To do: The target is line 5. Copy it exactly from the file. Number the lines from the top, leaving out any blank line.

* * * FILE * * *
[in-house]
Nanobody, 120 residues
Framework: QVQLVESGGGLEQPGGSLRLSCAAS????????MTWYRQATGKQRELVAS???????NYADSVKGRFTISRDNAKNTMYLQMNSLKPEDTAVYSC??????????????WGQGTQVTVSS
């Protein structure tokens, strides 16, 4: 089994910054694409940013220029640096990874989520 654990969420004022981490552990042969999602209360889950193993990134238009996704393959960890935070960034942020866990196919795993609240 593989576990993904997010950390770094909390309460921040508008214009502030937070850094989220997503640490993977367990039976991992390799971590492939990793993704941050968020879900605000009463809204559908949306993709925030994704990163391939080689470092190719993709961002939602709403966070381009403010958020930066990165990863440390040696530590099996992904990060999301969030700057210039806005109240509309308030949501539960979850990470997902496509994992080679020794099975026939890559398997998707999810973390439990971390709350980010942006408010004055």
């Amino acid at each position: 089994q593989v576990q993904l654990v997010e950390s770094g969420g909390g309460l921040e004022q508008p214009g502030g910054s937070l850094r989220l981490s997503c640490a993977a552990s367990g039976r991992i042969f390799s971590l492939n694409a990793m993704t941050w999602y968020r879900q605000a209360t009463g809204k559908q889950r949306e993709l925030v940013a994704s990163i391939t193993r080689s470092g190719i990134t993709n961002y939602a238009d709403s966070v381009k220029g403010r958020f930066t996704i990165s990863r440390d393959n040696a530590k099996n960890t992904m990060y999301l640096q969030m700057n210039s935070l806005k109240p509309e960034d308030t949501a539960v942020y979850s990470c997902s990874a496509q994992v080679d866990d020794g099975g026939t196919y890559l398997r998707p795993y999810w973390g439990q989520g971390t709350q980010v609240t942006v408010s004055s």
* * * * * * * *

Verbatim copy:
């Amino acid at each position: 089994q593989v576990q993904l654990v997010e950390s770094g969420g909390g309460l921040e004022q508008p214009g502030g910054s937070l850094r989220l981490s997503c640490a993977a552990s367990g039976r991992i042969f390799s971590l492939n694409a990793m993704t941050w999602y968020r879900q605000a209360t009463g809204k559908q889950r949306e993709l925030v940013a994704s990163i391939t193993r080689s470092g190719i990134t993709n961002y939602a238009d709403s966070v381009k220029g403010r958020f930066t996704i990165s990863r440390d393959n040696a530590k099996n960890t992904m990060y999301l640096q969030m700057n210039s935070l806005k109240p509309e960034d308030t949501a539960v942020y979850s990470c997902s990874a496509q994992v080679d866990d020794g099975g026939t196919y890559l398997r998707p795993y999810w973390g439990q989520g971390t709350q980010v609240t942006v408010s004055s």